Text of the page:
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Persistent Taxpayers, Resistant City Hall, Bring QW Bay Threshold Questions To State Lands Comm'n; CA Coastal Comm'n May Be Next

LB City Attorney's Office Correspondence Part of Issue (we post letters)

Introduction and perspective

(May 3, 2001) -- LB City Hall's QW Bay plan finds itself confounded by a simple yet profound question:

Is a commercial and entertainment development that includes a movie theater, book store and shops, that backers consider a boon and critics portray as a "shopping center by the sea," an appropriate use of publicly owned coastal and tidelands property?

The fact that this threshold question has drawn the attention of the State Lands Commision (two of whose three members publicly indicated uneasiness with City Hall's answers) and theoretically could reach the CA Coastal Commission is remarkable.

Whether the outcome will or won't be significant is impossible to know at this point, but having such a basic issue arise now is to some extent attributable to the City Hall's record which discussed QW Bay in ways that avoided facing the issue forthrightly.

The formula has become familiar: create a hand-picked committee assuring City Hall influence; announce the plan; muster establishment weight to sell the plan as settled; brush off constructive criticism; and use incremental City Council approvals to minimize direct debate on key questions.

The same formula produced divisive outcomes in handling the former Naval Station and a proposd "sports complex" in El Dorado Park, so it should be no surprise that it produced similar results on QW Bay.

When the City Council recently faced extending the developer's deadlines, and critics struggled to raise land use issues tangentially, not one Councilmember (including dissenter Grabinski) seemed able to articulate with precision what they wanted, and didn't want, at the multi-million dollar signature project on the city's namesake coastline. (See: Transcript excerpts of historic Feb. 13, 2001 Council vote on QW Bay)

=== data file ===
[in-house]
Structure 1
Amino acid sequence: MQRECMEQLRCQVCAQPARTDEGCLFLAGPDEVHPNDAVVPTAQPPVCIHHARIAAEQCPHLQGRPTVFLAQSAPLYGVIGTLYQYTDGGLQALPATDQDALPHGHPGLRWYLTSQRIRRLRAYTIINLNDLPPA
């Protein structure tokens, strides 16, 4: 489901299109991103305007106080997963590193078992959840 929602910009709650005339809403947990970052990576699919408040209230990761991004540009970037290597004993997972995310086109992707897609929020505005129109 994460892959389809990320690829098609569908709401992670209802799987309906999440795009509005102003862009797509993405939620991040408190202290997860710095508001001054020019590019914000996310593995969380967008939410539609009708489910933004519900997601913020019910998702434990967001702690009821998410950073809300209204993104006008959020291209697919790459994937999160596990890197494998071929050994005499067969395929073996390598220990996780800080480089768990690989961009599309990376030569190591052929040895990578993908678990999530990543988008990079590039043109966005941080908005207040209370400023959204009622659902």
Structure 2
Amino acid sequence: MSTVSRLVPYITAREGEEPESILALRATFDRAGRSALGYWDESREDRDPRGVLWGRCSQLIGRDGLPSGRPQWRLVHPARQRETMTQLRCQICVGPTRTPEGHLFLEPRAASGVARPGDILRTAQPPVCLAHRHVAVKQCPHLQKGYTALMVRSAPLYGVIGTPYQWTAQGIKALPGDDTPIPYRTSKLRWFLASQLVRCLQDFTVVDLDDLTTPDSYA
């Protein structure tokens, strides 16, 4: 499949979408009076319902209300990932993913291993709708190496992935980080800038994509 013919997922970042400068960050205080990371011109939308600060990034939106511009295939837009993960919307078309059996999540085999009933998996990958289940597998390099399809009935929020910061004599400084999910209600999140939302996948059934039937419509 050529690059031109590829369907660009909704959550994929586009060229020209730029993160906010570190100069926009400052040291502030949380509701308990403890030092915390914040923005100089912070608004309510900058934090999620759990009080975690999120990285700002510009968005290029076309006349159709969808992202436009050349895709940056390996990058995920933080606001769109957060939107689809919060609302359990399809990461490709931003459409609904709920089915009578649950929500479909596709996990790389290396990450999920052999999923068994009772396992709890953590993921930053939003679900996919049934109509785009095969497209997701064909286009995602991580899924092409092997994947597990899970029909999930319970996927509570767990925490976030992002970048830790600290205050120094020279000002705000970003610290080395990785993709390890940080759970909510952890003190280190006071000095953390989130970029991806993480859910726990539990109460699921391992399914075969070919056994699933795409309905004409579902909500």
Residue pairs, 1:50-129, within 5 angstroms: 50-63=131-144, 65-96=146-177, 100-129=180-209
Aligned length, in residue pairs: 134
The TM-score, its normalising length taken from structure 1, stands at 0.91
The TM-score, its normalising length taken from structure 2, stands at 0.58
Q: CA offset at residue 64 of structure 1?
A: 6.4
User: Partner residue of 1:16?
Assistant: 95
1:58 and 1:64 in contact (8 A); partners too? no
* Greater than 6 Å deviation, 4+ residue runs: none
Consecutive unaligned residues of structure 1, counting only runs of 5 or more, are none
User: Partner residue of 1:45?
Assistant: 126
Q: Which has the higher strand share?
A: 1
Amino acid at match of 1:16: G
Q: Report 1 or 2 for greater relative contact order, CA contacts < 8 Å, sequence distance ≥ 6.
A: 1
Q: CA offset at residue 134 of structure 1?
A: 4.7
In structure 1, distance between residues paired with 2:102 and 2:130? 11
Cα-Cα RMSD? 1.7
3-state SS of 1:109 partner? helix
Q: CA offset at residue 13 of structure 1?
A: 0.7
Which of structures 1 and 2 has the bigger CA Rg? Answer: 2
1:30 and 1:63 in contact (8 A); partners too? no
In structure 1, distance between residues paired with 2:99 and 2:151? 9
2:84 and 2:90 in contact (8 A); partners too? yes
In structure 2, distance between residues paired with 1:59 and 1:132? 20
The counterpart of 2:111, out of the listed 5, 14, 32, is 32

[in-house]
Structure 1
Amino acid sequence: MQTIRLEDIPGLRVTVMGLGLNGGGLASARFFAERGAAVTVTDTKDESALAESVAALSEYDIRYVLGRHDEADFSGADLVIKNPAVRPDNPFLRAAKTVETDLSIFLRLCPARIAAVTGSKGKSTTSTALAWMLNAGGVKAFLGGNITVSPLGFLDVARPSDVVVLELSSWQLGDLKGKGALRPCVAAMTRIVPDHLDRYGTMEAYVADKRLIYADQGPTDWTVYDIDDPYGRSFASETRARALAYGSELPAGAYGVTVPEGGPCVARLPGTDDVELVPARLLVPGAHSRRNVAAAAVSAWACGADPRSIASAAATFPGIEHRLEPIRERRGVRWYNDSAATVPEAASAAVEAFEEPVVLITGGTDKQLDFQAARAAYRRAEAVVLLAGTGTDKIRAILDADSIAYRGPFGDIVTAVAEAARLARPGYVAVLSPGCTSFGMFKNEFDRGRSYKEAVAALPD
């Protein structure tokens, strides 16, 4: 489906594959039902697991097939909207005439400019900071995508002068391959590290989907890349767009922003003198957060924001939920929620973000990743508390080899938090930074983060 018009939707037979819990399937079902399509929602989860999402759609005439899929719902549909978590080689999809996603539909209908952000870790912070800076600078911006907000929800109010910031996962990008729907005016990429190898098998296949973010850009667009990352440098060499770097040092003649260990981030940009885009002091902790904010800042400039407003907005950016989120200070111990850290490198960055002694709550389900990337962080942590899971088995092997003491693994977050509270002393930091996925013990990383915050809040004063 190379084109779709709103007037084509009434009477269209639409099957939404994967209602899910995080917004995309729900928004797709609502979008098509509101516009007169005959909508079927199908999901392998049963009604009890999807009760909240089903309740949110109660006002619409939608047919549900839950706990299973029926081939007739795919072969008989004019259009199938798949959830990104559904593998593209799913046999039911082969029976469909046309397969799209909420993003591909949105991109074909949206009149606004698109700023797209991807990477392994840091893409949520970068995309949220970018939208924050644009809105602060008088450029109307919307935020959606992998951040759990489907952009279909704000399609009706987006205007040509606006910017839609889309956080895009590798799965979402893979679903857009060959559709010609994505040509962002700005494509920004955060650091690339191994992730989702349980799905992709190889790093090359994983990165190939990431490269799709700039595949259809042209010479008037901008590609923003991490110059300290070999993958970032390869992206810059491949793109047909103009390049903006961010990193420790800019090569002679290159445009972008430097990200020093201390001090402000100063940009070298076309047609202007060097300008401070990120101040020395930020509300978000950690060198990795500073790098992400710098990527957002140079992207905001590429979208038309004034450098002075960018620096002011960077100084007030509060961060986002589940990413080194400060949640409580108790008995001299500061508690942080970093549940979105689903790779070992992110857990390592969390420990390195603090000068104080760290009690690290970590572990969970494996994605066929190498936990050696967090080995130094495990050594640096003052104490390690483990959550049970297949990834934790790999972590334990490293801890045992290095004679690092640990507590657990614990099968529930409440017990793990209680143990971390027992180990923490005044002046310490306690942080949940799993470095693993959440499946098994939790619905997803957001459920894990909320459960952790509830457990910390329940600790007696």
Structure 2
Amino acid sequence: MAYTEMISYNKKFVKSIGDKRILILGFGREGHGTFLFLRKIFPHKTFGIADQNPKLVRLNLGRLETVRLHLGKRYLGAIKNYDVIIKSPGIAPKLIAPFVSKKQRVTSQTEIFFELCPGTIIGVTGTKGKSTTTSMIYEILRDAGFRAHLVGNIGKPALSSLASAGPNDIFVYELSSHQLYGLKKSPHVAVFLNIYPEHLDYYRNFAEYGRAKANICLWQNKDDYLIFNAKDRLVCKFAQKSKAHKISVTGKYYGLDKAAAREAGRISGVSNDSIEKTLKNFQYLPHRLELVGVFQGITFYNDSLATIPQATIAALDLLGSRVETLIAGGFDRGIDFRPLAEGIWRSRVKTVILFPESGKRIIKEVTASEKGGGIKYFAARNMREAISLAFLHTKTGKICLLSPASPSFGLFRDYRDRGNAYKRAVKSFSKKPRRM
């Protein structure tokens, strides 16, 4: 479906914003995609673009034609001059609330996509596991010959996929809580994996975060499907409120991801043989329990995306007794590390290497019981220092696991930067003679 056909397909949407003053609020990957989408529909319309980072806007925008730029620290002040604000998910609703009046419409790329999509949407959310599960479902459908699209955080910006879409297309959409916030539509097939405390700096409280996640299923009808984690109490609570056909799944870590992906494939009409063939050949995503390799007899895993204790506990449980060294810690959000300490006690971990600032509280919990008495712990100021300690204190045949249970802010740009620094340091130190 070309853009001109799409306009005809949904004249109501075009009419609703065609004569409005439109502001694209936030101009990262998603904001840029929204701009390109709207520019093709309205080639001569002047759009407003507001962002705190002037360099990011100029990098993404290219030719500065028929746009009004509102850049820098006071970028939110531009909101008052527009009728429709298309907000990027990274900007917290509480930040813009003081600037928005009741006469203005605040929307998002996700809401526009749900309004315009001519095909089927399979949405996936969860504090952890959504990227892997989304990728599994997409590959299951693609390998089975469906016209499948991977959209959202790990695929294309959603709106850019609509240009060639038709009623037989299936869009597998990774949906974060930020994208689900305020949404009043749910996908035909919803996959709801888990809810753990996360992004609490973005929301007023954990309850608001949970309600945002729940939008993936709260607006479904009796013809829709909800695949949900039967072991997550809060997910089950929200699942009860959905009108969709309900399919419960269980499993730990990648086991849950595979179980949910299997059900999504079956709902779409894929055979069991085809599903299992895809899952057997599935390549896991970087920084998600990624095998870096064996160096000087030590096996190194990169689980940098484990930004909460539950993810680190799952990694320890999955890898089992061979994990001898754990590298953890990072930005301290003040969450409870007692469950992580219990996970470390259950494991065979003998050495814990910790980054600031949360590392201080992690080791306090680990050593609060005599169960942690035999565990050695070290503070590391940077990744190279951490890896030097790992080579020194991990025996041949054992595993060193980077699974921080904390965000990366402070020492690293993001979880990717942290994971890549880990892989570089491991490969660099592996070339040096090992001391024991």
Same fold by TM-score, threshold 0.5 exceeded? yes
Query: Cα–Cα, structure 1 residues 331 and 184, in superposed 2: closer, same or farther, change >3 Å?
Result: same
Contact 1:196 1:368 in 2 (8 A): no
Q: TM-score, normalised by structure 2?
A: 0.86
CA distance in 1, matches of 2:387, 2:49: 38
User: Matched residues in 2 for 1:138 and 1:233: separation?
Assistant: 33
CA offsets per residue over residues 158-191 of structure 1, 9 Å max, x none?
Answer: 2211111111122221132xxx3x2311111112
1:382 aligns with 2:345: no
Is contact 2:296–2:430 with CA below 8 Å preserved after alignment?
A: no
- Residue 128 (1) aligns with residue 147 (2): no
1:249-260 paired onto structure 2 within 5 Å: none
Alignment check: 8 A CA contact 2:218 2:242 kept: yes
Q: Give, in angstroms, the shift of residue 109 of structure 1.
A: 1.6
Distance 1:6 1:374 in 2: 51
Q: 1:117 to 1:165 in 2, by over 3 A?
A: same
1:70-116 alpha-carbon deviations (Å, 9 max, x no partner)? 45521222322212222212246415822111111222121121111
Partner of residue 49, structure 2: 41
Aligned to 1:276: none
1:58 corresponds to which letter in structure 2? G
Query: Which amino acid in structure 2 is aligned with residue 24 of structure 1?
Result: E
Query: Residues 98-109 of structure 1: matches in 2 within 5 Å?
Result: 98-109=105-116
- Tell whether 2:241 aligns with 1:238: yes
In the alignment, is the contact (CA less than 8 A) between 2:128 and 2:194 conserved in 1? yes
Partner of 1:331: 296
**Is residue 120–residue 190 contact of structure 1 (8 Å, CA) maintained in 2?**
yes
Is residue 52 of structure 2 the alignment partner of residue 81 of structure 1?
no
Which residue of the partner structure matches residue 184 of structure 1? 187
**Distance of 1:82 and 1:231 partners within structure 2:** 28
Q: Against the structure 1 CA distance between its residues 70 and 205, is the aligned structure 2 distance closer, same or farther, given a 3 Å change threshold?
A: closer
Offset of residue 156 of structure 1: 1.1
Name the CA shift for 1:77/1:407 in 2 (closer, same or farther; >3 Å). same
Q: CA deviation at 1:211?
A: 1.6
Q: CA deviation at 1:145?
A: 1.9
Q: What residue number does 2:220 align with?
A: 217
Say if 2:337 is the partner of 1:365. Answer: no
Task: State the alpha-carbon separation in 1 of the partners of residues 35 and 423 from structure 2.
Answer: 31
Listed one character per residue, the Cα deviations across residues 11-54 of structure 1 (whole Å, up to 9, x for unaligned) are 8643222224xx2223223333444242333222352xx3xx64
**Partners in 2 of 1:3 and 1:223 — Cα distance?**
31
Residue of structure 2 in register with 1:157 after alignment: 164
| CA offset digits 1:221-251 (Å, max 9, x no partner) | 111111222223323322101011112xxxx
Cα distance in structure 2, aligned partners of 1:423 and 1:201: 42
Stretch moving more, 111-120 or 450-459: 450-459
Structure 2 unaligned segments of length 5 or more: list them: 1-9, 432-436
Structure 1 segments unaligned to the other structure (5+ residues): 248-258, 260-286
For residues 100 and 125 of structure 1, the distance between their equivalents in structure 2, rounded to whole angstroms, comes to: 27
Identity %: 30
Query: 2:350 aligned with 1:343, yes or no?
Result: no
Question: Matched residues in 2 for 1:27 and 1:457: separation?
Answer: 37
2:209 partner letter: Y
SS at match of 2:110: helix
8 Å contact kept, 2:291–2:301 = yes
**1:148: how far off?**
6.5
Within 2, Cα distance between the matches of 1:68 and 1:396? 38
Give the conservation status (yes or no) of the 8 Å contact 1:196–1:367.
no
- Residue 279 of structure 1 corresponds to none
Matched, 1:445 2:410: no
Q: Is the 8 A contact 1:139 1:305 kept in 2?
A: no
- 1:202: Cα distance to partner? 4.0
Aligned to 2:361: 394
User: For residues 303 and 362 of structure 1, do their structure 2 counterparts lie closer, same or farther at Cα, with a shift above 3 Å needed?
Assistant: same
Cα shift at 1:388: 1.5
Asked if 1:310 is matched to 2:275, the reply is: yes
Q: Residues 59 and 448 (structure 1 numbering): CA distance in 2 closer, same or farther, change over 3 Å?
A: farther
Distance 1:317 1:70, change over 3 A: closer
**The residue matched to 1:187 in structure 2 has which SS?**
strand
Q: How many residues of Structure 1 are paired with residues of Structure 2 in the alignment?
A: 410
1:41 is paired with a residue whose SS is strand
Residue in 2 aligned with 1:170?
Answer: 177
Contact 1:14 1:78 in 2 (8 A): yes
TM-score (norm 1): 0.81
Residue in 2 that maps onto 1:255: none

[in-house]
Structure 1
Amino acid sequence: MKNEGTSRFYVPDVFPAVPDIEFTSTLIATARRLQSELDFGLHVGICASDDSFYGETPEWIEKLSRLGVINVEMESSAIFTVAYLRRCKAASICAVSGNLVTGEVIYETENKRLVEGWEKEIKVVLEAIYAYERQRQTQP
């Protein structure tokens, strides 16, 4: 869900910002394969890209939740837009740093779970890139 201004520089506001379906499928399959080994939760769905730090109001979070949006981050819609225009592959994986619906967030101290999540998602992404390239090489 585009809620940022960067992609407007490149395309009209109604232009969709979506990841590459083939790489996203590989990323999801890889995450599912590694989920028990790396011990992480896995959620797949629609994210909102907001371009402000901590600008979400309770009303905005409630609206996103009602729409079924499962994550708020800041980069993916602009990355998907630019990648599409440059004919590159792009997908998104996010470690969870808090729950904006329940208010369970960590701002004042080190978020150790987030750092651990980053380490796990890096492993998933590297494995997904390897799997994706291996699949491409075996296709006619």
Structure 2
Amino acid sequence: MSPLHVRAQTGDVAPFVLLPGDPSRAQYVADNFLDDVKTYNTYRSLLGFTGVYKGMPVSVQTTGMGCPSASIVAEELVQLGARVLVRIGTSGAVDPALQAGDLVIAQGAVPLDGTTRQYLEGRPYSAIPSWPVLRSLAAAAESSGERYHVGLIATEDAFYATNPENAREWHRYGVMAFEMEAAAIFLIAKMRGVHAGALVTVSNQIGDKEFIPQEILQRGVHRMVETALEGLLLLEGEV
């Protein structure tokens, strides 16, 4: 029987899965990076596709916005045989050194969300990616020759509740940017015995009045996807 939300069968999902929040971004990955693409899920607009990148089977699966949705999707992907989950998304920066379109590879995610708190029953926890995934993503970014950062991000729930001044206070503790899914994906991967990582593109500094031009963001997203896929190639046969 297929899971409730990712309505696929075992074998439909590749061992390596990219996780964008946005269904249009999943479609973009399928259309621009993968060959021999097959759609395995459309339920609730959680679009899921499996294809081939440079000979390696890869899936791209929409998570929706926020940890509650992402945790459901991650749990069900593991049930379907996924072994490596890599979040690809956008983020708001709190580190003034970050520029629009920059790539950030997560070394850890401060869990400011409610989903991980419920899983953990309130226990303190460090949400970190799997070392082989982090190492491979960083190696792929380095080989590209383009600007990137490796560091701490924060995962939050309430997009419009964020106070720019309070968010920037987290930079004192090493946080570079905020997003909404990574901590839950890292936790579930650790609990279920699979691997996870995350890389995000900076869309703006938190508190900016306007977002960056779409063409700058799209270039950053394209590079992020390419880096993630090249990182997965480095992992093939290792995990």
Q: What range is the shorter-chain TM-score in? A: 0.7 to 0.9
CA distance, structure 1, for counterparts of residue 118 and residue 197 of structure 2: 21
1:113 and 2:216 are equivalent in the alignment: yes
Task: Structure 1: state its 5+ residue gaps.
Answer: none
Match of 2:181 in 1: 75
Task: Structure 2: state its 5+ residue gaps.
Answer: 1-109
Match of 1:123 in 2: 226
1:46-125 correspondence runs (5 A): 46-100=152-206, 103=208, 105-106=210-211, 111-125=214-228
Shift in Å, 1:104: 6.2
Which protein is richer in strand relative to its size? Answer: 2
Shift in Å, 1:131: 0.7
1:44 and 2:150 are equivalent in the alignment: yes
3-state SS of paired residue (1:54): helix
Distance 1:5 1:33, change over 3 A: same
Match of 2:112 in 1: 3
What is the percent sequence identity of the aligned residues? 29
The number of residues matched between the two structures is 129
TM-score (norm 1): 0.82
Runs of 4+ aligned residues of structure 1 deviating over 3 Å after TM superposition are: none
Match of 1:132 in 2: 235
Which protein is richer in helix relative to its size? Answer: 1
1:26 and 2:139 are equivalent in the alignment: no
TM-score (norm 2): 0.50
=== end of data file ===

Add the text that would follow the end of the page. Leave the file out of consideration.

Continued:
It's painful to note the obvious: the Council's failure is not the developer's fault.

A forthright debate on QW Bay's threshold land use question may now take place, not in LB where it should have, but before state agencies that could have much to say about public land and our city's future.

The two agencies -- the State Lands Commission and the CA Coastal Commission -- will likely address the coastal/tidelands question from different perspectives with outcomes that are presently uncertain.

State Lands Commission

The State Lands Commission is comprised of the Lieutenant Governor and the State Controller (who are elected statewide) and the State Director of Finance (a cabinet level officer appointed by the Governor). It also has staff; its Executive Officer appointed by the Commission.

The Lands Commission oversees state owned lands, which include tide and submerged lands ("tidelands") that the CA legislature has transferred "in trust" to LB. That means LB can use them subject to certain requirements and restrictions that include uses related to commerce, fishing, recreation and navigation. (There are roughly 23 legislative acts governing LB's tidelands, summarized in Lands Commission staff's April QW Bay report) at pp 9-11, posted April 10 by